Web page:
Here is the second story from the Mahube submissions on the theme of "water". This is from our WABO member, Wada Goitsemang.
A Torrential Storm
I look out the window, it’s raining. It has been raining for three days now. They have grown tired of the falling rain and so have I. They murmur with sad toned voices, ''It’s bad, it’s bad.''
When I was a child, I loved the rain. It settled the dust, each falling drop brought down dust in one heavy pounce. I remember running into the rain and spreading my arms out with a freedom only childhood innocence and imagination could allow. I remember wondering where rain came from, and if the earth could ever be soaked up with rain the way a sponge gets soaked sometimes. I brushed the thought away the moment I saw rain butterflies. I would run after them and sing,''Rain rain, butterfly.'' I loved the freedom they seemed to possess.
That was then. My joy has been washed down by the rain. I am no longer who I used to be. We sit opposite each other. A foreboding silence killing every attempt to spark conversation. Our last 'discussion' was about rain. Whose god had allowed the rain to fall? My people had been in church petitioning, fasting, praying for the rain. His people had gone to the mountains, they had danced to the god of water. Who had more power?
Our son, lying in bed, sick with a high fever was dying. The new doctor, whom they said knew everything, said nothing could be done. They said that when he said so it was best to prepare for the funeral. I told them, God was smarter than him, he would not allow my son to die, he could not.
The basin of water that was prayed for by the priest would heal my son. It had to. The bottle of anointed water had to. My husband said, his father's gods were angry. We had to perform the ritual of cleansing. Our son should be taken by the riverside at night to be cleansed in the waters. I could not say a word to him, did he want to kill our son?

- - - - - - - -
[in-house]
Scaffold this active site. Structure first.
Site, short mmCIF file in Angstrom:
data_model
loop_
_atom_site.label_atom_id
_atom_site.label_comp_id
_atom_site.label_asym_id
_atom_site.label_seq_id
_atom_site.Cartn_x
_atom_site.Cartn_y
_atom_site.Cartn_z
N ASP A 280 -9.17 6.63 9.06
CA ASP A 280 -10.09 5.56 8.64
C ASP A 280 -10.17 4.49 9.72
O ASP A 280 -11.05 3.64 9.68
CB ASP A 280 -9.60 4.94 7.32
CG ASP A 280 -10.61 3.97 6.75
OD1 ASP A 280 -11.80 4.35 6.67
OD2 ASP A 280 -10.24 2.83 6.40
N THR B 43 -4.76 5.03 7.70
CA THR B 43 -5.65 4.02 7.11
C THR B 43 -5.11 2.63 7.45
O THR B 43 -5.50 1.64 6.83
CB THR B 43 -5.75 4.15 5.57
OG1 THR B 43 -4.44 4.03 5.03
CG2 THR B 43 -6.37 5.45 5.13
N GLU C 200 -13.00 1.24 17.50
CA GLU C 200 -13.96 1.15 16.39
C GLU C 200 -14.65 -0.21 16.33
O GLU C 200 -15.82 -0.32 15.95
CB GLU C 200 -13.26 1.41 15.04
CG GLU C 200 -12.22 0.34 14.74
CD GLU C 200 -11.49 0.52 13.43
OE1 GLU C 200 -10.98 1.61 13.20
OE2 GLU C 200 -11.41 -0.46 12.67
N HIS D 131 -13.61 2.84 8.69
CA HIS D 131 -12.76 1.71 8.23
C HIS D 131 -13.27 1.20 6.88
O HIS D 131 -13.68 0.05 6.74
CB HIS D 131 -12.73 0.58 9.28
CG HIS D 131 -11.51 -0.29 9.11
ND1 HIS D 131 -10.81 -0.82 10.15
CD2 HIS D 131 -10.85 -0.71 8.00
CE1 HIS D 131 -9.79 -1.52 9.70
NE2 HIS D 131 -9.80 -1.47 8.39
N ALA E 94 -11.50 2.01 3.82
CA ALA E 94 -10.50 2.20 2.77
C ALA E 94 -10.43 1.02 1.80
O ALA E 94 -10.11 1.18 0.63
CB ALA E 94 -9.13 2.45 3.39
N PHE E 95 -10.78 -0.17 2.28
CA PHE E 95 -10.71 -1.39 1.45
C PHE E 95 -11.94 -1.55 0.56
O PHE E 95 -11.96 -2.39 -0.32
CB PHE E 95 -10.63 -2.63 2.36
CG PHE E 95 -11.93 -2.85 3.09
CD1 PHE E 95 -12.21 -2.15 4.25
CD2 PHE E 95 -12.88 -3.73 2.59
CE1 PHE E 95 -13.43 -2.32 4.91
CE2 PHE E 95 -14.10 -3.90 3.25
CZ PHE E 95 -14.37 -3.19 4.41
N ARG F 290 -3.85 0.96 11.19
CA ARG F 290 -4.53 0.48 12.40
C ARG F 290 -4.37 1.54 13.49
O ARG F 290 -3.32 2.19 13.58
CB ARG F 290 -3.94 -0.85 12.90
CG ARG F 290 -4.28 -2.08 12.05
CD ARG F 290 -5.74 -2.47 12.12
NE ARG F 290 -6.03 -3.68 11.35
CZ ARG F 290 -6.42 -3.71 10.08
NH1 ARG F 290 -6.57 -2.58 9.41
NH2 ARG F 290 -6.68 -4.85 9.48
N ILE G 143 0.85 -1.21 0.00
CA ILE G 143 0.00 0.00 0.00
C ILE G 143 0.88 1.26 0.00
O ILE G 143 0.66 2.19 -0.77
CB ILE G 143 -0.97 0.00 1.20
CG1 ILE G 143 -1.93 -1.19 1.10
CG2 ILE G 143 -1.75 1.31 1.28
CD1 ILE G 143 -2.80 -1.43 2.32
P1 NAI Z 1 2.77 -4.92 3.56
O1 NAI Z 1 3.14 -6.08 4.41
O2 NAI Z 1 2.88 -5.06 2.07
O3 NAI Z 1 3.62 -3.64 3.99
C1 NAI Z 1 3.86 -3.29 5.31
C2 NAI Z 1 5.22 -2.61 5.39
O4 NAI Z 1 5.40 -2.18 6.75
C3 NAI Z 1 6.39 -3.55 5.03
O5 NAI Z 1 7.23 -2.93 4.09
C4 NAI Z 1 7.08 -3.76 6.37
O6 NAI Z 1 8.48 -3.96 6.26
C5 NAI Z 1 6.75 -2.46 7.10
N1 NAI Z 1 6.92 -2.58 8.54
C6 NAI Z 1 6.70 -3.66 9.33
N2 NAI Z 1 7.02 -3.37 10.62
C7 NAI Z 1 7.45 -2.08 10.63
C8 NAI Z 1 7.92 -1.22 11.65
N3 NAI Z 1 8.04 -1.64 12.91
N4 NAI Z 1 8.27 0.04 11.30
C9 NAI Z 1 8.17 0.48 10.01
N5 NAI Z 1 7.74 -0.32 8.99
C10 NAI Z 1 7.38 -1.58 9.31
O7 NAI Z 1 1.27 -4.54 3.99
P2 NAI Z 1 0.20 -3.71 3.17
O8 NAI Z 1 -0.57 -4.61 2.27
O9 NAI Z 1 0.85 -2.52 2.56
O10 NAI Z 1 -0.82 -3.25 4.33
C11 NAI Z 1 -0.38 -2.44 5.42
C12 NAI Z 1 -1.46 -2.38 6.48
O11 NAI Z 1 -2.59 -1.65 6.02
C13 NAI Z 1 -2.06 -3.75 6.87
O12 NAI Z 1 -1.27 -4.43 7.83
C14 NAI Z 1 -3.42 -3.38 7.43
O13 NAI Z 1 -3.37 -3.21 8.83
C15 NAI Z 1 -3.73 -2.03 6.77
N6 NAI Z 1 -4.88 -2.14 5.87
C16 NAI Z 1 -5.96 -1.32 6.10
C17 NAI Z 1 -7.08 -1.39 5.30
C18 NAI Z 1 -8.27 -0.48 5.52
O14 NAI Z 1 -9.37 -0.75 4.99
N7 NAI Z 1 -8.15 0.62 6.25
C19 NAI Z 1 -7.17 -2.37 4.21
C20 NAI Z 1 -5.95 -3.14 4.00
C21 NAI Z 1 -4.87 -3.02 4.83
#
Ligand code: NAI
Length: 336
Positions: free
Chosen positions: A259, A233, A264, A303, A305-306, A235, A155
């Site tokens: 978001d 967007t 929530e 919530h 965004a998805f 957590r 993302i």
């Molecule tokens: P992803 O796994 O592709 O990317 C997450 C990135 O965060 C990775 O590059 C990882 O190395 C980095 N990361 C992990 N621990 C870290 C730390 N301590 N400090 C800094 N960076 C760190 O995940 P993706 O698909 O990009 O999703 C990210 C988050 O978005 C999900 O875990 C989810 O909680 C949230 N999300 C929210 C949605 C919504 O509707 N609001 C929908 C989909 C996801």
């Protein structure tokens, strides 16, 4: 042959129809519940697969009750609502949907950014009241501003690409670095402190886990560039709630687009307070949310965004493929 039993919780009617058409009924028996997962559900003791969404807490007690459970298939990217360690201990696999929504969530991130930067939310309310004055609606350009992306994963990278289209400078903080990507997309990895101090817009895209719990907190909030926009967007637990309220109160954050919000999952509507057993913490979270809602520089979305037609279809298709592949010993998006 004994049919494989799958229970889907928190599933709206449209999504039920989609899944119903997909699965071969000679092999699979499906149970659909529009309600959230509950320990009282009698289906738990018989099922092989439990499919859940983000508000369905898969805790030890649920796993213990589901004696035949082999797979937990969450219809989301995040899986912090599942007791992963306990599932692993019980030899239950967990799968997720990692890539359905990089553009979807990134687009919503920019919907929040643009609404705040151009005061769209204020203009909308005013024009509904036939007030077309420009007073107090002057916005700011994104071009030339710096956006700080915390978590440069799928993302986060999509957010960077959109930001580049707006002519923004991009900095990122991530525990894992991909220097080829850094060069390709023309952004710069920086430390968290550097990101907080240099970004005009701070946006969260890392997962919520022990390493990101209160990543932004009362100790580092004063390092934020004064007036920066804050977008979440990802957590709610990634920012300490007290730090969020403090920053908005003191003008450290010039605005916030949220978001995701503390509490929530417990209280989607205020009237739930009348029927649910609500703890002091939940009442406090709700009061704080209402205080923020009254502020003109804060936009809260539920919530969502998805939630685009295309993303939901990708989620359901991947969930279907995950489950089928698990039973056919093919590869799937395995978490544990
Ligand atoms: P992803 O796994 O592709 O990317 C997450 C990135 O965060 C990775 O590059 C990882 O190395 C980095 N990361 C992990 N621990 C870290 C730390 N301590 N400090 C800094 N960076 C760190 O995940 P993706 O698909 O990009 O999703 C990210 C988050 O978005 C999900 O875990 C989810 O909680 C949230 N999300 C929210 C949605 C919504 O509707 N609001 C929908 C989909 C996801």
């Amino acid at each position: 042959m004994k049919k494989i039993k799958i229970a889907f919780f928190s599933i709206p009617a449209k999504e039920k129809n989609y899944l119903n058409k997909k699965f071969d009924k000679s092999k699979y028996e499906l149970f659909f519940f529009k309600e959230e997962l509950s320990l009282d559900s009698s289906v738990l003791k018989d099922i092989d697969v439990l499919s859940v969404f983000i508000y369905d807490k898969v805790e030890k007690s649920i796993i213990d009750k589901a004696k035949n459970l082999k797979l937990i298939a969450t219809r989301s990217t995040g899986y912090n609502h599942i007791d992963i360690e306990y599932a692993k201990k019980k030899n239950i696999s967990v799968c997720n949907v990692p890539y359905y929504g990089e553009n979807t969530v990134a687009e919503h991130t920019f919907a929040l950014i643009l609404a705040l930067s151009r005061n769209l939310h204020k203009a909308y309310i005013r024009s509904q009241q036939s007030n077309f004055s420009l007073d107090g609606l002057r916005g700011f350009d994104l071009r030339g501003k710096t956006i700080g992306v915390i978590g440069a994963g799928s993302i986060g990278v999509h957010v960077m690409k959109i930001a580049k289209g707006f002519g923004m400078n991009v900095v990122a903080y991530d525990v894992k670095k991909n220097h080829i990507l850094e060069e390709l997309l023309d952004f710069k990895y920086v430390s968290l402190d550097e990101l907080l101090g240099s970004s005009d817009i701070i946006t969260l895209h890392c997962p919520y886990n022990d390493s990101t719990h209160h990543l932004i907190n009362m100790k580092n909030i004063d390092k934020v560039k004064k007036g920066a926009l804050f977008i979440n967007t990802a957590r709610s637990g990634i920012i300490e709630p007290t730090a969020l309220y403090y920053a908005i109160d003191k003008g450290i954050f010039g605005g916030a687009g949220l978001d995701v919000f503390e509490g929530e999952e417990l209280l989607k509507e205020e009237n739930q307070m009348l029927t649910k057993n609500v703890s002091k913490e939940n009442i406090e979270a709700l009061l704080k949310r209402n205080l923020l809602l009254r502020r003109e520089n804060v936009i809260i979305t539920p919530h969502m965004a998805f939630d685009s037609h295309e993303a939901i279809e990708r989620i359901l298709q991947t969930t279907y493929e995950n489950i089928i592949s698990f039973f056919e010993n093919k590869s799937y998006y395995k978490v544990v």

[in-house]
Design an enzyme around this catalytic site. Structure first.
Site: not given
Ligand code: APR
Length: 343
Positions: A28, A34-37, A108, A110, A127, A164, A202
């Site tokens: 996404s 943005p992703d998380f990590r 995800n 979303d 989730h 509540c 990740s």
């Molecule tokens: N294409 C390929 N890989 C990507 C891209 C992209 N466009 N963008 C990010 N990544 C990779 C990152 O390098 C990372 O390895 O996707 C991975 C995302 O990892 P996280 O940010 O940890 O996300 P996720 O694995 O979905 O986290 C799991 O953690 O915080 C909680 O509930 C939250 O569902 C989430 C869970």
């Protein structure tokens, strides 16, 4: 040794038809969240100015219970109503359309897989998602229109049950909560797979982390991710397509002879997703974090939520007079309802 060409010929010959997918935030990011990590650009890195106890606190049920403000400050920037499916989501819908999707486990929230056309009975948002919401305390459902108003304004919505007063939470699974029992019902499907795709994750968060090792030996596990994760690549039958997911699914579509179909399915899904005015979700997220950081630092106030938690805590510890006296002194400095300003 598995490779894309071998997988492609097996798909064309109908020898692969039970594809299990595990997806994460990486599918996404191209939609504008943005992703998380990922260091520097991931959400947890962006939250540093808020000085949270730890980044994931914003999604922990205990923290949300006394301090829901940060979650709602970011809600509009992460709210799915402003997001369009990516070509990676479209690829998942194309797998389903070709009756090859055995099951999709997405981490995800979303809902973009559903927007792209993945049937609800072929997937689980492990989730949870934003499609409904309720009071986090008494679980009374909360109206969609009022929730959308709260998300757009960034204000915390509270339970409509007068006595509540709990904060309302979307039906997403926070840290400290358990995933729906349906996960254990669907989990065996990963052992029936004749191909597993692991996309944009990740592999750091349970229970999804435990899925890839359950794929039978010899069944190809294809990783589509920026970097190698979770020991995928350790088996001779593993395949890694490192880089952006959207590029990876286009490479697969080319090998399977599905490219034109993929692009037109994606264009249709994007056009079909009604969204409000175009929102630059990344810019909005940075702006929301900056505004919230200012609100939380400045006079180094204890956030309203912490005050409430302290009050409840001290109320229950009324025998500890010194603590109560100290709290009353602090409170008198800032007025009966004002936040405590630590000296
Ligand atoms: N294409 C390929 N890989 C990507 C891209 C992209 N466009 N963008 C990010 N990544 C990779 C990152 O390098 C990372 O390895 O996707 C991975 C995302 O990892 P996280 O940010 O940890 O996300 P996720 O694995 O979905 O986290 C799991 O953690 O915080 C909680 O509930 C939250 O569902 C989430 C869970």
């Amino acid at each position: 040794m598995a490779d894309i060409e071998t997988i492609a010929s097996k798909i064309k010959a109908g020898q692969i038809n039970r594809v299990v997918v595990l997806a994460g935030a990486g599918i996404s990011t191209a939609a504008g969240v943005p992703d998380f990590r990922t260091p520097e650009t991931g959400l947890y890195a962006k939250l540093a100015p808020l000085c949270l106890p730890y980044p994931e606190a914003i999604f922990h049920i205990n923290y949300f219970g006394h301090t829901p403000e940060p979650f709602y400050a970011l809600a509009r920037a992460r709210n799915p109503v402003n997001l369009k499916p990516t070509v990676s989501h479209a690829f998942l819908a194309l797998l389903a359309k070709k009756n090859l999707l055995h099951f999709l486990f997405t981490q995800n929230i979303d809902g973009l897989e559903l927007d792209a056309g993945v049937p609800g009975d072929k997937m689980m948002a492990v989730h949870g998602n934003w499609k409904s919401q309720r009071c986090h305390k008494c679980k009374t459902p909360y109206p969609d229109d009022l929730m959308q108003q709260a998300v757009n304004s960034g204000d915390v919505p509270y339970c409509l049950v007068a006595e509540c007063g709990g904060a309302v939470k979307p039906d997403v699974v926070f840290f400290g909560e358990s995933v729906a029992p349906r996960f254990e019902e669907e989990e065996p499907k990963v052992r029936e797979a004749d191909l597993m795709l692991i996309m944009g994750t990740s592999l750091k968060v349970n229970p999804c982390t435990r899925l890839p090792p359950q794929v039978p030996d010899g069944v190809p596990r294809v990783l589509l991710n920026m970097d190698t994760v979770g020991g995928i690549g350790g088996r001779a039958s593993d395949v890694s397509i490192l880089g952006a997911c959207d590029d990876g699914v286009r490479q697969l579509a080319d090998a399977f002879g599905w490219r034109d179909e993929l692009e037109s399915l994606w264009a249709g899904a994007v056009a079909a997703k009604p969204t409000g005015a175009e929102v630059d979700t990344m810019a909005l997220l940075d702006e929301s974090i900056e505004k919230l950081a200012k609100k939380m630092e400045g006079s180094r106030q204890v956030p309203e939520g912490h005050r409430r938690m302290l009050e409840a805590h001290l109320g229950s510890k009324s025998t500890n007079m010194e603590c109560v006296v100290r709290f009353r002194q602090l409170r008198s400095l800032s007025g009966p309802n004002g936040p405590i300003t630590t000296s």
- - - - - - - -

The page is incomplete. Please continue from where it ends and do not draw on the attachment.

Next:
I could not understand how in the world we got here. Once, two years ago, water had united us. He had washed my hands and I, his; a symbol of how we would always take care of each other. We had been blessed with a son. Now it seemed I was washing my own hands, him his. He had fathered a son. I had mothered a son. Rain had poured to bless the union, rain now poured to mock it. Was this torrential storm ever going to have a rainbow at the end? We needed to be saved from the flood.
Bio: Wada Goitsemang is a 24 year female currently pursuing a science based medical course but whose first love is the arts. She writes poetry and short stories in her spare time. Her work has a tinge of rural Botswana since she was raised in a rural place and later moved to the city in pursuit of her degree. Her background enables her to bring a rich cultural background to her work which allows her to relate to Batswana in both rural and urban places. Her work also reflects the religious influences that have impacted on her. She was originally raised in an African traditional religious family, to seeing her family embrace Christianity and having schooled in a Catholic school at the prime of her youth led to the consolidation of her moral and religious values.
EEK! What is the Right Word?
13 hours ago